Expansion dynamics and chemistry evolution in ultrafast laser filament produced plasmas

Elizabeth J. Kautz, Jeremy Yeak, Bruce E. Bernacki, Mark C. Phillips, Sivanandan S. Harilal

Research output: Contribution to journalArticlepeer-review

19 Scopus citations


Laser ablation in conjunction with optical emission spectroscopy is a potential non-contact, stand-off detection method for all elements in the periodic table and certain isotopes such as radionuclides. Currently, significant development efforts are on-going to use ultrafast laser filaments for remote detection of materials. The application of filaments is of particular interest in extending the range of stand-off capability associated with elemental and isotopic detectionvialaser-induced breakdown spectroscopy. In this study, we characterize the expansion dynamics and chemical evolution of filament-produced uranium (U) plasmas. Laser filaments are generated in the laboratory by loosely focusing 35 femtosecond (fs), 6 milli Joule (mJ) pulses in air. Time-resolved, two-dimensional plume and spectral imaging was performed to study hydrodynamics and evolution of U atomic and UO molecular emission in filament-produced U plasmas. Our results highlight that filament ablation of U plasmas gives a cylindrical plume morphology with an appearance of plume splitting into slow and fast moving components at later times of its evolution. Emission from the slow-moving component shows no distinct spectral features (i.e.broadband-like) and is contributed in part by nanoparticles generated during ultrafast laser ablation. Additionally, we find U atoms and U oxide molecules (i.e.UO, UxOy) co-exist in the filament produced plasma, which can be attributed to the generation of low-temperature plasma conditions during filament ablation.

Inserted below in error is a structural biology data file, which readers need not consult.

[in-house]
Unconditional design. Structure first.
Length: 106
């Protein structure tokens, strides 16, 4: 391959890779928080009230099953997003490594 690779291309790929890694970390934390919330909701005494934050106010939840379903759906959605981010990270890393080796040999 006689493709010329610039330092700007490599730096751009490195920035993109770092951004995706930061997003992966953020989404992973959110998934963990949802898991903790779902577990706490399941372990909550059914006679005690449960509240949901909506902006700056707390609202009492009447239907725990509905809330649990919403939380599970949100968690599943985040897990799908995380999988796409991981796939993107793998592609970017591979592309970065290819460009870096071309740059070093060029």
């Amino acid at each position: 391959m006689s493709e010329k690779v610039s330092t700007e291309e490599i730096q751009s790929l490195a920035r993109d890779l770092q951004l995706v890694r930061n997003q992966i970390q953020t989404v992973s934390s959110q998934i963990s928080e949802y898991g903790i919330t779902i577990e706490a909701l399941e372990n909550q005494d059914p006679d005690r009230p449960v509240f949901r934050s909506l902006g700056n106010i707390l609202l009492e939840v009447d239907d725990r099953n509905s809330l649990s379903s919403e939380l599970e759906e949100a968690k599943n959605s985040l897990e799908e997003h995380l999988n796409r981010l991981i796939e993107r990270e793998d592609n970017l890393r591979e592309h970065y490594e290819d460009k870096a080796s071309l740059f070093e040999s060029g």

Original languageEnglish (US)
Pages (from-to)8304-8314
Number of pages11
JournalPhysical Chemistry Chemical Physics
Issue number16
StatePublished - Apr 28 2020

ASJC Scopus subject areas

  • Physics and Astronomy(all)
  • Physical and Theoretical Chemistry


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